It sounds like the best case scenario, absent a licensing agreement, is they produce a game called Star Frontiers with the not-particularly-remembered rules system, but none of the original worlds or aliens. And they have to do it by December.

I would bet against this ever occurring.

That said, for people looking for a fun space game that can do a lot of what people did with Star Frontiers, I recommend Scum & Villainy.
Well? How apropos!
 

That said, for people looking for a fun space game that can do a lot of what people did with Star Frontiers, I recommend Scum & Villainy.
The default mode assumed in rules is that players are essentially contractors doing troubleshooting for Star Law or one of the Corps. The implied assumption is that the PC's aren't the scum/villains, but hired help for often legal but dangerous actions, especially when the Sathar War heats up. (There is a metaplot hidden in there.)
Many groups ran it more as D&D in space... but that doesn't seem to be the intended mode, where it's private contractors for a variety of mission types. Now, I've not read any adventures other than the ones in the boxed set and the movie tie-ins for 2001 and 2010, so I can't speak to later adventures, but the first one is PC's vs Environment with animal combat a possibility.

I'll note that, for Players willing to use the Fate Engine, Diaspora can be hacked very easily to do that kind of feel, or the Fate Core can be used with the same assumption as core SFAD - ships just take you where the mission is and drop you off.

Traveller can also cover that space, as can it's spinoff, Cepheus Engine. I don't know whether the guy with the Traveller Conversions of the races has taken his page down or not.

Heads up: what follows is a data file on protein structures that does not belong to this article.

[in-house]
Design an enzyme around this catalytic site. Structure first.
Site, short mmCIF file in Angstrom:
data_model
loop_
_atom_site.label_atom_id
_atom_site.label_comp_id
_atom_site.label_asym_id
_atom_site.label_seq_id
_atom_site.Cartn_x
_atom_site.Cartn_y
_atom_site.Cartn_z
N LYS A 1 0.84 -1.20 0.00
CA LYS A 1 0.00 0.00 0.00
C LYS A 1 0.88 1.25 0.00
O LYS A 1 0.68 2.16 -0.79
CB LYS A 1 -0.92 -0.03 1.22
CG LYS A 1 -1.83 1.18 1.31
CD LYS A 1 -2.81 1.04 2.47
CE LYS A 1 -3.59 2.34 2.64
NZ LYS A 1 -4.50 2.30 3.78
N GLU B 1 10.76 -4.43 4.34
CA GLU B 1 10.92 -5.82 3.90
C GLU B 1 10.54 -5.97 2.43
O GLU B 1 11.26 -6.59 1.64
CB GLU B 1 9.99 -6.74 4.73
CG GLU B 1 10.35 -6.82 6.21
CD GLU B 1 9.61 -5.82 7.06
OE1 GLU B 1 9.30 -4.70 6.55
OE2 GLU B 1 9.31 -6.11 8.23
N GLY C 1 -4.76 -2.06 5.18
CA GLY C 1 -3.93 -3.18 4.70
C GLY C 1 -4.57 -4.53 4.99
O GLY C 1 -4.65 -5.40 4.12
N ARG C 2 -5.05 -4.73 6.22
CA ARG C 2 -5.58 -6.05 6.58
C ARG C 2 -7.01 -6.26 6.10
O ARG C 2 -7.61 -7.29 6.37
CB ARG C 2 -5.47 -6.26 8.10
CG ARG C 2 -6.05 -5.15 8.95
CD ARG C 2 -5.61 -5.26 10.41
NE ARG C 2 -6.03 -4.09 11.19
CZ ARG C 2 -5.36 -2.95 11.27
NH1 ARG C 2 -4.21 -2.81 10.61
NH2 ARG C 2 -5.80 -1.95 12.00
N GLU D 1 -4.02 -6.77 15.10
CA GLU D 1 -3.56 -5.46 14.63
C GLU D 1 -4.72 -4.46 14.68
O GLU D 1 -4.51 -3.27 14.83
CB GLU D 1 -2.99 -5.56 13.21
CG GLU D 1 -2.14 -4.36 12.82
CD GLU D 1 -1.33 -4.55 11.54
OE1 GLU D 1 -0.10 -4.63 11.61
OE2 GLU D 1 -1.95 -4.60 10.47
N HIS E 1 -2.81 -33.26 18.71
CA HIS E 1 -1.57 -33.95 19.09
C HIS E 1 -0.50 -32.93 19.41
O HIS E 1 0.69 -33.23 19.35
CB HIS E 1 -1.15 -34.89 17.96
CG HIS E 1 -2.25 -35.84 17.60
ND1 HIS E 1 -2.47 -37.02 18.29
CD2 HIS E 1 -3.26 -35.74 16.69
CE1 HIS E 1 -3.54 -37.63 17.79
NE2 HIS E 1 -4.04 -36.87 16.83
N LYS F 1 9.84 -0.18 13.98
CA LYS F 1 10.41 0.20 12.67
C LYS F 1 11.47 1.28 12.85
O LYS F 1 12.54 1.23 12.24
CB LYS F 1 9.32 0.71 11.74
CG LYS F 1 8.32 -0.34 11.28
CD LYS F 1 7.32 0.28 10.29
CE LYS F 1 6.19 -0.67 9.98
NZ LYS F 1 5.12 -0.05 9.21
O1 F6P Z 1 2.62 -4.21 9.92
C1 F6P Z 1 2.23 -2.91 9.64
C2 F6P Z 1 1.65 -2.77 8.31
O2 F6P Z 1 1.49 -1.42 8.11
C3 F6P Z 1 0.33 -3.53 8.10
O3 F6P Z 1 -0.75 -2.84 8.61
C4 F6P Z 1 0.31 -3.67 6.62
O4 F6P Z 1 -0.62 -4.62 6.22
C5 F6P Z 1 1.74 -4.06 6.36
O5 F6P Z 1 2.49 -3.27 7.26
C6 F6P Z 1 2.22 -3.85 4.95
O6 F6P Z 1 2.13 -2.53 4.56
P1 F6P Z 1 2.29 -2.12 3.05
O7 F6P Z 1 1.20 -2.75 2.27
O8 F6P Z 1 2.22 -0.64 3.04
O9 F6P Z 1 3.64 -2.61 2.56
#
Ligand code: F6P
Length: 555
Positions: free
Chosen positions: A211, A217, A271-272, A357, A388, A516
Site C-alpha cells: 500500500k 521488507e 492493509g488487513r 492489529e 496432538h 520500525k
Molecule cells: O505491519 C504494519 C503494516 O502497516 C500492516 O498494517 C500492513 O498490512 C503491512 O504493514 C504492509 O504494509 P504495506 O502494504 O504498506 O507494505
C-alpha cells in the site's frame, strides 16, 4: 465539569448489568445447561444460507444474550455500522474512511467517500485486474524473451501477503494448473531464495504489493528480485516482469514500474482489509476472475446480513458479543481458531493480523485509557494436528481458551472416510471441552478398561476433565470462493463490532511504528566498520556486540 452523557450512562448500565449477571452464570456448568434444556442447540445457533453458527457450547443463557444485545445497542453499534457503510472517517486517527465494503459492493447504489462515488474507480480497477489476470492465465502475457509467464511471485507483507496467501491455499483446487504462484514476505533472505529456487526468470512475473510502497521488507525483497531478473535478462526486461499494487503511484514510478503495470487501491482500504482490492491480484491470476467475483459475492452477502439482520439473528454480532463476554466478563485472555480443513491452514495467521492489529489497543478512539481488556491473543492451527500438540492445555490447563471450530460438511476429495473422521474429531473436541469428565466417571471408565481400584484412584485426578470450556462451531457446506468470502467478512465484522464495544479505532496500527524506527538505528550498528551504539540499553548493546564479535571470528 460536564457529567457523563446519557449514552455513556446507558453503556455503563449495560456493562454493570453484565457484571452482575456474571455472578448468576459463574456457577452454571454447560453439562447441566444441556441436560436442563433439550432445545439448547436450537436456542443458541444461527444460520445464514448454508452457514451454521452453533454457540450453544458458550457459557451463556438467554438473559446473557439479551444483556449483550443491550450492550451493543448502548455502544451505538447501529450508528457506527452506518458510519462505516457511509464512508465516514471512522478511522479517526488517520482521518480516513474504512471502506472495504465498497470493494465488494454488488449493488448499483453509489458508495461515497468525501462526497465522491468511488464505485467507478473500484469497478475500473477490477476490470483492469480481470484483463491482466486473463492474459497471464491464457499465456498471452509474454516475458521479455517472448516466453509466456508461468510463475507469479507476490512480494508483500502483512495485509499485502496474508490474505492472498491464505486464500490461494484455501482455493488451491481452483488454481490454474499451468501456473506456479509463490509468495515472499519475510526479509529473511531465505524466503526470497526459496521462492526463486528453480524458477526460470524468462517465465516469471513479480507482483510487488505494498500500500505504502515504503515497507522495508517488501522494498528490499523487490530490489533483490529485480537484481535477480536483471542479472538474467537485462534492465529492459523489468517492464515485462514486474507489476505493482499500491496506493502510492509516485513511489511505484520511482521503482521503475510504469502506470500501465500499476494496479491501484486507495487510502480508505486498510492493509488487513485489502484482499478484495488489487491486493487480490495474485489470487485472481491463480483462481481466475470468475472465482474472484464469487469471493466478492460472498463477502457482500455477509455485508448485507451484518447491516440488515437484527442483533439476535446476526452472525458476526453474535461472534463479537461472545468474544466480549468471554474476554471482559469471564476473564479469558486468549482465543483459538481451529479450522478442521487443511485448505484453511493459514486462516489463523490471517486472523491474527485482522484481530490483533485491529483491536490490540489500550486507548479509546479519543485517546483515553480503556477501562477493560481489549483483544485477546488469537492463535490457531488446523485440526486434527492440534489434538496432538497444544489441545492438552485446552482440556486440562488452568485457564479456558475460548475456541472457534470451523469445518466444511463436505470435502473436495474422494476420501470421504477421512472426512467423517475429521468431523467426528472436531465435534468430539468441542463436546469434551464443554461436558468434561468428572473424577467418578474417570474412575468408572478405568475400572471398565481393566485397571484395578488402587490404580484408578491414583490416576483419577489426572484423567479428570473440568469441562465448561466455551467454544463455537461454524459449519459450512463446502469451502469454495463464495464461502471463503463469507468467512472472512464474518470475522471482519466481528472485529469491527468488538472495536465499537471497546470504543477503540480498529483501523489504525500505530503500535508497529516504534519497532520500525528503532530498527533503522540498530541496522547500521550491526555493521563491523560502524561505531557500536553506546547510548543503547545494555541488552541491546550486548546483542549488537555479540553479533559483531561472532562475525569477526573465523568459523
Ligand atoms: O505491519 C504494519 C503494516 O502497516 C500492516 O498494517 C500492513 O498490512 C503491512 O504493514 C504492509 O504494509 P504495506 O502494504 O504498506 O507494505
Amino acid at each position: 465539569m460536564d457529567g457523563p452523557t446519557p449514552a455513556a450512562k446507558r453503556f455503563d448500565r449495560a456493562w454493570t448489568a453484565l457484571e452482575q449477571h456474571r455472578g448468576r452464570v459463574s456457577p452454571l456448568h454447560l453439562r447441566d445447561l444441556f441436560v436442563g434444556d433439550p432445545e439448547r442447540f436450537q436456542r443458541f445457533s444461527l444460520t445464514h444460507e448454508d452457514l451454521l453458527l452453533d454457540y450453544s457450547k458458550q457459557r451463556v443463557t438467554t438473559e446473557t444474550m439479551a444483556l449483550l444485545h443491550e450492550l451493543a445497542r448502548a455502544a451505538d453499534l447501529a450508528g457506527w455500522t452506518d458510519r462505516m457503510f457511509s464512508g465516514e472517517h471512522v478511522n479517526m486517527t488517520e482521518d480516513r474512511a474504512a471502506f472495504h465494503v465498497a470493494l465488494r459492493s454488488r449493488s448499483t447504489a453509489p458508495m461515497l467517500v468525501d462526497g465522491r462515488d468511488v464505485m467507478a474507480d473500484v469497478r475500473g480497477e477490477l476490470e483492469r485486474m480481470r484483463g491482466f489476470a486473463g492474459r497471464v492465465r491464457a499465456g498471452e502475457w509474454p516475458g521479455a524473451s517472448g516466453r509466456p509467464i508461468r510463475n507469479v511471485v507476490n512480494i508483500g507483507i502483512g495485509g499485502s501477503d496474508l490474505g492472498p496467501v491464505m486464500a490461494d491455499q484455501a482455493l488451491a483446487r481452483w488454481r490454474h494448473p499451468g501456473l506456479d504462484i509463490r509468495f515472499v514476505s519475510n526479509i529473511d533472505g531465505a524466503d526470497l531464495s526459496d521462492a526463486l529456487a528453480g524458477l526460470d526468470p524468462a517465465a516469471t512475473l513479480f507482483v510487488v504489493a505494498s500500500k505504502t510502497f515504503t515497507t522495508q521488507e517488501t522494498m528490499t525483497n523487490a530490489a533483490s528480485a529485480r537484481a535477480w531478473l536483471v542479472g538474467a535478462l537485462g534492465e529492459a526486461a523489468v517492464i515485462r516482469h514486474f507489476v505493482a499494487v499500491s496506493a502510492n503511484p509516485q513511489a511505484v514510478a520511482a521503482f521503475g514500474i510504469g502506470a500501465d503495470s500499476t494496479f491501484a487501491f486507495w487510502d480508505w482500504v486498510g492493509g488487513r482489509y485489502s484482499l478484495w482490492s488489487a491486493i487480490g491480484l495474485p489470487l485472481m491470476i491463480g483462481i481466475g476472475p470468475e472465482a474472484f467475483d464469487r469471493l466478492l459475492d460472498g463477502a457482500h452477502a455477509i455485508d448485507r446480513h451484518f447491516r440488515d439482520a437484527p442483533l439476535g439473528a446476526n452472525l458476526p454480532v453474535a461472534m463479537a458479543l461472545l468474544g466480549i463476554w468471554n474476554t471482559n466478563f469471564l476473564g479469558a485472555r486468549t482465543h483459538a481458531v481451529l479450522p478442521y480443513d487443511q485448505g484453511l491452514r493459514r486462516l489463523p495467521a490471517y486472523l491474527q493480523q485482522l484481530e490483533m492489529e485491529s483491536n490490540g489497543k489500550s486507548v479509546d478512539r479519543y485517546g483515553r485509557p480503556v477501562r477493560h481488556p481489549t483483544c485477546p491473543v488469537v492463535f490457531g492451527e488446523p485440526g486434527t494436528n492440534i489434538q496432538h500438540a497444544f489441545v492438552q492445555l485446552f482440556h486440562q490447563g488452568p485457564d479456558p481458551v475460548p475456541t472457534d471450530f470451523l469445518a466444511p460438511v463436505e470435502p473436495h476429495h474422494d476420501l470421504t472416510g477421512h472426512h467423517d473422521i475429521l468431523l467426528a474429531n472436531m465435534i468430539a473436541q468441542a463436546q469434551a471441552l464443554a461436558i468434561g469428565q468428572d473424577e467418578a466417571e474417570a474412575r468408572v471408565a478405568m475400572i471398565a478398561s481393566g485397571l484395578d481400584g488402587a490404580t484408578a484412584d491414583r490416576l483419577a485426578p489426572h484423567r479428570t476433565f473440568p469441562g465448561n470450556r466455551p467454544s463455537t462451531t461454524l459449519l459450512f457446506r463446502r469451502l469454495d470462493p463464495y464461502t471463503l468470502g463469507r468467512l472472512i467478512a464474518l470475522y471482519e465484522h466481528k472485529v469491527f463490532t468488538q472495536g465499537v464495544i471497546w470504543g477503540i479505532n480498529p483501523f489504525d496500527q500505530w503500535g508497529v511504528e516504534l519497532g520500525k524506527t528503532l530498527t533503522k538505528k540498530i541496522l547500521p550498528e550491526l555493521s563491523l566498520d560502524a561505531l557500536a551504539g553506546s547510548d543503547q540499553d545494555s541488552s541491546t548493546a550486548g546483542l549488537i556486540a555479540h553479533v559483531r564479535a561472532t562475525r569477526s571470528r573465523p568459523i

One of S&V's three modes is bounty hunters, which can get handwaved to Star Law pretty easily. (The other two are Firefly or Han Solo-as-rebel modes.)
Firefly and the Rebel Transport modes are not ones that are open to starting characters in Star Frontiers RAW. This is largely because the ship operations skills have high prerequisites per SFKH.
 

Firefly and the Rebel Transport modes are not ones that are open to starting characters in Star Frontiers RAW. This is largely because the ship operations skills have high prerequisites per SFKH.
Right, I was saying that Firefly and Han Solo modes are the other two modes of S&V. The not-Cowboy Bebop mode is the S&V mode that can be hacked to play something similar to Star Frontiers.
 

Dire Bare

Legend
It sounds like the best case scenario, absent a licensing agreement, is they produce a game called Star Frontiers with the not-particularly-remembered rules system, but none of the original worlds or aliens. And they have to do it by December.

I would bet against this ever occurring.

That said, for people looking for a fun space game that can do a lot of what people did with Star Frontiers, I recommend Scum & Villainy.
They don't even need to adapt the original rules system, they might just use the name "Star Frontiers". TSR 2.0 published a "Top Secret" game that doesn't use or adapt the original game rules, doesn't use the IP or setting . . . it's just another spy game using the name "Top Secret" without any real connection to the original . . . other than the main designer, Merle Rasmussen.
 

Marc_C

Solitary Role Playing
They don't even need to adapt the original rules system, they might just use the name "Star Frontiers". TSR 2.0 published a "Top Secret" game that doesn't use or adapt the original game rules, doesn't use the IP or setting . . . it's just another spy game using the name "Top Secret" without any real connection to the original . . . other than the main designer, Merle Rasmussen.
Yep. The same thing happened with Alterity 2.0. The name Alternity was grabbed by Sasquatch. The system has nothing to do with the first version by OTSR.
 


pemerton

Legend
This is an excellent illustration of what kind of confusion customers can experience when trademarks are not clear.
Alternatively, it shows that the basic logic of trademarks works better for some products - eg food, cloths, perhaps cars - than for others like books and bands.